American Idol L.A. auditions: The Gutierrez brothers vs. Matt 'Big Stats' Frankel

For American Idol, Los Angeles was a breeding ground of bizarre auditions, including the performance by Matt Frankel. Thankfully a few contestants, such as the Guitierrez brothers, saved LA's reputation as a city of artists.

Lucy Nicholson
Executive producer Nigel Lythgoe (r) left American Idol in 2008 for 'So You Think You Can Dance." Lythgoe is now back producing Season 10 of American Idol, shown here with host Ryan Seacrest in Pasadena, California Jan. 11, 2011.

On Thursday, American Idol made its way to Los Angeles. When the show began with recaps of Lauren Alaina and Brett Loewenstern, two remarkable auditions from previous weeks, viewers were given an inkling that perhaps they would see no such talent in L.A.

But as the old saying goes, "When life gives you lemons . . ." So American Idol offered up a 60-minute glass of lemonade.

There was something about the parade of really bad auditions that seemed reminiscent of an earlier American Idol, when viewers tuned in more for the terrible than the terrific. This episode they made something of an art form out of selecting individuals who were at once entertaining and awful.

Tynisha Roches, possessed the kind of tenacity and confidence that all musicians need to make it in the business but struggled with the more "technical" aspects of performing, such as singing and remembering lyrics. She also has the dubious distinction of being the first woman to chase Randy around the table, cooing her half-remembered lyrics in a desperate but ultimately futile attempt to win him over. It was her last-ditch effort before being removed by security.

But the highlight of the evening, if one could call it that, had to be Matt "Big Stats" Frankel, CEO of Matthew Scott Frankel Produc - tions. Apparently, Mr. Frankel is a freelance music producer with anywhere between "bunches" and "millions" of artists and claims to have produced a compilation album with Chaka Khan. But, don't let his Hip Hop alter ego fool you, Matthew is also known for his support of environmental causes, which is why he proudly carries about his bus pass and can be seen on the LA County Transit System. Needless to say, his audition had little to do with actual singing, as even he seemed to know that his real talent lies somewhere in the realm of guru music producer.

While this episode's parade of weirdos may have been more palatable than another serving of tragic tales, the fact of the matter is, there will likely never be another William Hung (a 2004 Idol bomb who parlayed his 15 minutes into a celebrity career). Not because Mr. Hung was one of kind, but because the viewers of American Idol have evolved and matured over the years and the novelty of horrific auditions has passed. This was something that Simon seemed to instinctively understand when he made his decision to bow out. The larger question is whether it is just the novelty of bad singers that has worn out or is it possible that for all of the pomp and circumstance, America just isn't genuinely captivated by the Idol contestants anymore?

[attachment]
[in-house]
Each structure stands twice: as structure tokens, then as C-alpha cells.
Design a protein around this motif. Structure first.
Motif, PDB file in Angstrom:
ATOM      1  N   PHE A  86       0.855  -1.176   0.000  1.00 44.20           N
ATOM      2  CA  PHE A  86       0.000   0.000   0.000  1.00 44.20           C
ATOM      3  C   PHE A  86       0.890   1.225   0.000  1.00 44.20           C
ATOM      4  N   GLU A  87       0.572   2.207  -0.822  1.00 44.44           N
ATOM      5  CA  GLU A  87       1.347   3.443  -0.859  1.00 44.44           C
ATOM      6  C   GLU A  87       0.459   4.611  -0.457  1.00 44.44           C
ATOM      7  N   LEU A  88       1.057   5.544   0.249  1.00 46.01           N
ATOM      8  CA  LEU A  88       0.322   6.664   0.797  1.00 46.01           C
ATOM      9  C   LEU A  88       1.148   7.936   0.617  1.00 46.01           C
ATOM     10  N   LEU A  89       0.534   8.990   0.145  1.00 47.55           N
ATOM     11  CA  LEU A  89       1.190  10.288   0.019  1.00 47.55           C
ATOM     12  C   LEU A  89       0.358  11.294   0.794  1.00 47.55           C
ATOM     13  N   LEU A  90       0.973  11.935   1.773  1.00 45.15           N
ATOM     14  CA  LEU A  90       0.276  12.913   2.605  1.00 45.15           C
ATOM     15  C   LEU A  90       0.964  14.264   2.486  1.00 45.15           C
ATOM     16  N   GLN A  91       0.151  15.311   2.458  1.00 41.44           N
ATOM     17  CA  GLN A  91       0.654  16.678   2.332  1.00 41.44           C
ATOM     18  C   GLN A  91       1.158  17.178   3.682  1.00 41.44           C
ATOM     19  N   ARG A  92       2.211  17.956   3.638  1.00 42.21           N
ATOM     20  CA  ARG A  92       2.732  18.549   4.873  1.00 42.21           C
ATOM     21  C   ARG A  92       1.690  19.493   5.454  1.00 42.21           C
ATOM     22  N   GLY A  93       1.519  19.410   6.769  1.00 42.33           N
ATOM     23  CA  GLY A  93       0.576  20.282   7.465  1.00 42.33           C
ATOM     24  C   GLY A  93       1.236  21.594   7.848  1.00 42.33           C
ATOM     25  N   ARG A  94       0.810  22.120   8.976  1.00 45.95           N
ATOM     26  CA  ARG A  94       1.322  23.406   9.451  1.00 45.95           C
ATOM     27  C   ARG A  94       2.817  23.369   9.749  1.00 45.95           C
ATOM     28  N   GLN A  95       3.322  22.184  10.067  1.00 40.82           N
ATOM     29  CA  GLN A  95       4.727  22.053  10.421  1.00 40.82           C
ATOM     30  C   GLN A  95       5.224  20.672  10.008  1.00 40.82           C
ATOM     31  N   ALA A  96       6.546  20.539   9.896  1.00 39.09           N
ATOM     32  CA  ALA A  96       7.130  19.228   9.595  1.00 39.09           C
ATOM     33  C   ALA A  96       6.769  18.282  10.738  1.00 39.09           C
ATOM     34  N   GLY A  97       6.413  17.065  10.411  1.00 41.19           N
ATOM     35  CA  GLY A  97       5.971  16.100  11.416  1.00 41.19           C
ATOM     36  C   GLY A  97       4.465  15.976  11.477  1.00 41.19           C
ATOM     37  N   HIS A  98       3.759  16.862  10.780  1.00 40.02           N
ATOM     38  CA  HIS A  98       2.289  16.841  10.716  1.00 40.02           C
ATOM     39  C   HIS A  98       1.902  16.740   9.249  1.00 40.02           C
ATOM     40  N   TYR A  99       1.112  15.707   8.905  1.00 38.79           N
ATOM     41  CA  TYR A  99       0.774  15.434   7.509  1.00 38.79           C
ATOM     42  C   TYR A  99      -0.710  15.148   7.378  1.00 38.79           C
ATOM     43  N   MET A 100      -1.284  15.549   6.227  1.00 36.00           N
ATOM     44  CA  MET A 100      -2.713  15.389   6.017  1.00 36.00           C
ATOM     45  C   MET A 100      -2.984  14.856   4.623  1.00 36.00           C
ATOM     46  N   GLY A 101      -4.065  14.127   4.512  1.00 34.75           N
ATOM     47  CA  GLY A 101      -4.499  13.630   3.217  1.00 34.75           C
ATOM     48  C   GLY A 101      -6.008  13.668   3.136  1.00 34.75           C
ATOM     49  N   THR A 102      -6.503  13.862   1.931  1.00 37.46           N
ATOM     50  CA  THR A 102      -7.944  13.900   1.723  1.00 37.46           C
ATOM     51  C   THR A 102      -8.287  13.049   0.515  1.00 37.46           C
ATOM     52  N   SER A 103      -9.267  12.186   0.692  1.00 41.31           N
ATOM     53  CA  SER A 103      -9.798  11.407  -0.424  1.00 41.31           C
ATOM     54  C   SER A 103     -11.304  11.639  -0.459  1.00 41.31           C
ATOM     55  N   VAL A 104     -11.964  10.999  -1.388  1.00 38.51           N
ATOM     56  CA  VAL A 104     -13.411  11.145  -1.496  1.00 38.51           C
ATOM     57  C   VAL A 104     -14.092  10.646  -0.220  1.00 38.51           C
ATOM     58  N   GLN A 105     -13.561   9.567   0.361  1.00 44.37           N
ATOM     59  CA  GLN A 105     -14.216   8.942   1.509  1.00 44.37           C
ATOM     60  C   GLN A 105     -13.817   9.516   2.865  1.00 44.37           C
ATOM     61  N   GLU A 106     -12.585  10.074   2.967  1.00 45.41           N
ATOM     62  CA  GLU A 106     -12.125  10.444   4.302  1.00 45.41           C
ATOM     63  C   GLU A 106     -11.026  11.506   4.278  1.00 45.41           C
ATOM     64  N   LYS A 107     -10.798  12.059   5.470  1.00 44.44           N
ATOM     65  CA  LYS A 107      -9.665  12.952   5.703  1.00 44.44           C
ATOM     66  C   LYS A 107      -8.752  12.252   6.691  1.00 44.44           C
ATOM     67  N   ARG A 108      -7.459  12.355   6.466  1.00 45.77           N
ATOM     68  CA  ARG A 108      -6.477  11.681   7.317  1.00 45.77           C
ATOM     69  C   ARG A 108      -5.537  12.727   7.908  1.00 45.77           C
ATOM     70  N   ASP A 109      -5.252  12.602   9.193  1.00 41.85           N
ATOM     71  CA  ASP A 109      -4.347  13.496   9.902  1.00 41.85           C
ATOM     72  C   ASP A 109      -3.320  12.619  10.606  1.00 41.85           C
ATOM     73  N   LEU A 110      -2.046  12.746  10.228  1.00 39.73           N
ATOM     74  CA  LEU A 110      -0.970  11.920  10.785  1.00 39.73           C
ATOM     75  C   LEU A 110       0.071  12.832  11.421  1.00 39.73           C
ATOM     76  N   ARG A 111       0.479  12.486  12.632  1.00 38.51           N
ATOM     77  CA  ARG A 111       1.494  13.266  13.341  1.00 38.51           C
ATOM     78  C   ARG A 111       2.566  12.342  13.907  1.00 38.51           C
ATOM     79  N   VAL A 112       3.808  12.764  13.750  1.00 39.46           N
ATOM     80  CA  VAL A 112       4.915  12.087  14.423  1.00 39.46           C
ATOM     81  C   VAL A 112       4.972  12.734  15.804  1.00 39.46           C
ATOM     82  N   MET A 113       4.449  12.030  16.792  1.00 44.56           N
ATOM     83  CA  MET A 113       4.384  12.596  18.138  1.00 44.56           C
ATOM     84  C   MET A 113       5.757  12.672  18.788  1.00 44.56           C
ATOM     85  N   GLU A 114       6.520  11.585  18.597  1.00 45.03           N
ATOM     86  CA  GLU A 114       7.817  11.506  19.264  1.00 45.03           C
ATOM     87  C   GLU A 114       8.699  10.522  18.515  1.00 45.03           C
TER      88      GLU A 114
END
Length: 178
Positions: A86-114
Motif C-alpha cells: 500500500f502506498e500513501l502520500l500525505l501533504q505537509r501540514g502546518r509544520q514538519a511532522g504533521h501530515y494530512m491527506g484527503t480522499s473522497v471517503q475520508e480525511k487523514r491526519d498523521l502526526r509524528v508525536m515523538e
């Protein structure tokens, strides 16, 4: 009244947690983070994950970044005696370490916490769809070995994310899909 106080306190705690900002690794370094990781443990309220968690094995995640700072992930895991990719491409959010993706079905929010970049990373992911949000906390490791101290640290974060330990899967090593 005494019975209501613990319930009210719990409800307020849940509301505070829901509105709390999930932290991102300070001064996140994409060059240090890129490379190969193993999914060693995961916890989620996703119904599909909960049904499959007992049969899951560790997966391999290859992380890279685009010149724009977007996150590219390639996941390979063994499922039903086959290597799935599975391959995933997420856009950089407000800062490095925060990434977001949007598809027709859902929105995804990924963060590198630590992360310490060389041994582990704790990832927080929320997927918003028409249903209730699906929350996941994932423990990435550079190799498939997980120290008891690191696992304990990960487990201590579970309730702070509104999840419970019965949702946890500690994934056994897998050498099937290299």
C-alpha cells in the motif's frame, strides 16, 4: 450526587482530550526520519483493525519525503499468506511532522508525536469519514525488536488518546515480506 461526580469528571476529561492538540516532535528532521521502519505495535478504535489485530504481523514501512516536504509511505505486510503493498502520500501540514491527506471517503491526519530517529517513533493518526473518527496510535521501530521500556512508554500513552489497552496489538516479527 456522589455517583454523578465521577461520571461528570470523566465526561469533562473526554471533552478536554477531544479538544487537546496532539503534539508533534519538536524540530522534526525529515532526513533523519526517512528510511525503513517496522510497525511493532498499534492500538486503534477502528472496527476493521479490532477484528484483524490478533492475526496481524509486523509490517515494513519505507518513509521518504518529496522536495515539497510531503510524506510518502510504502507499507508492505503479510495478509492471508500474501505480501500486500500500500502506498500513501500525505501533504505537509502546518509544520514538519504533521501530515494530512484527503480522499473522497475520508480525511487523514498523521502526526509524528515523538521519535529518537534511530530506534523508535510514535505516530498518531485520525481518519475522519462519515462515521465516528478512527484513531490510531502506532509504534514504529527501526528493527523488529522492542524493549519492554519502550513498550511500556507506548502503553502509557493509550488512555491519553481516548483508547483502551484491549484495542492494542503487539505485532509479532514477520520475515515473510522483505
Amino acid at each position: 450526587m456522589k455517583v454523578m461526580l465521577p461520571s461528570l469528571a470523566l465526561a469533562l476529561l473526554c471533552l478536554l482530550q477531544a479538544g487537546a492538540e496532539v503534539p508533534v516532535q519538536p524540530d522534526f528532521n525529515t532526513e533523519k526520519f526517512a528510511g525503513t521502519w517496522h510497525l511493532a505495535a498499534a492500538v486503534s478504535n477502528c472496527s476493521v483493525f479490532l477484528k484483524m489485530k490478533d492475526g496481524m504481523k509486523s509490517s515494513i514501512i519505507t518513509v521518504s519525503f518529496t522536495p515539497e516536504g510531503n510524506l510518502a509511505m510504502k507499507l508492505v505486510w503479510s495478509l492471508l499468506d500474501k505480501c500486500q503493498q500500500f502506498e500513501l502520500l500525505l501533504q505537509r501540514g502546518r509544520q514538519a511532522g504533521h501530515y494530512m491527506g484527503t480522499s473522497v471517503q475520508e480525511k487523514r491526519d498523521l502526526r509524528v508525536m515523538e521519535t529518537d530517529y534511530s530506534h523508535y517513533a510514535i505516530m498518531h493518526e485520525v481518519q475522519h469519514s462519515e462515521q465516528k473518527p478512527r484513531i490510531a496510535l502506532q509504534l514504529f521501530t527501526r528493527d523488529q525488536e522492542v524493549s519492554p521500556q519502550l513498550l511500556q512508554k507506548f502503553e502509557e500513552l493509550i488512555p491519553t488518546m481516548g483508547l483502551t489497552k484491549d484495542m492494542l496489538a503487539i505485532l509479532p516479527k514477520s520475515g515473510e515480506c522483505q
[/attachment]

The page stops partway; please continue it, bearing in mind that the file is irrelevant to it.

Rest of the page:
Some of the contestants in LA were banking on America investing in them.

Tim Halperin definitely had a cuteness about him, not unlike that of a gerbil, especially as he blushingly admitted to having a crush on JLo since the fifth grade; ah yes, what every woman wants to hear. He performed a charming rendition of Maroon 5's, "She Will Be Loved," directly to Jennifer and secured a golden ticket.

American Idol also featured "My Space" contestants this week. People still use My Space? Apparently, Karen Rodriguez does. Karen possibly had one the most grating voices of the season. Unfortunately, we'll have another opportunity to assess that statement, because for some reason, the judges put her through to Hollywood.

Heidi Khzam, made all of the weird auditions worth it for Randy and Steven when she performed a mesmerizing belly-dancing routine, while Steven obligingly provided the beat. Her voice was decent but like our old friend John Wayne Schulz, she was not making it through solely based on her musical talents.

Perhaps the most talked about "good" audition this week will be that of the Gutierrez brothers, Mark and Aaron. These two gentleman were affable and performed a duet of "Lean on Me" that Steven Tyler termed "God-like." While such a statement was completely and utterly without merit (and not just because of their outfits and the fact that they were both rocking their man-scarves), the brother's duet was definitely greater than the sum of its parts.

Although Thursday night's Idol may have been the thinnest on talent that viewers have seen this season, American Idol is promising lots of changes in store. With Nigel Lythgoe's return as the producer, many hope that he can breathe some of the life that has energized his other show, So You Think You Can Dance, back into Idol.

The show has promised to do away with old-fashioned theme weeks, and may even allow some original performances by the contestants. With the auditions nearly at a close, we're all eager to move onto the real bread and butter of the Idol experience. Here's hoping that the changes this season can remind us why we fell in love with Idol on that fateful day in June, nine long years ago.

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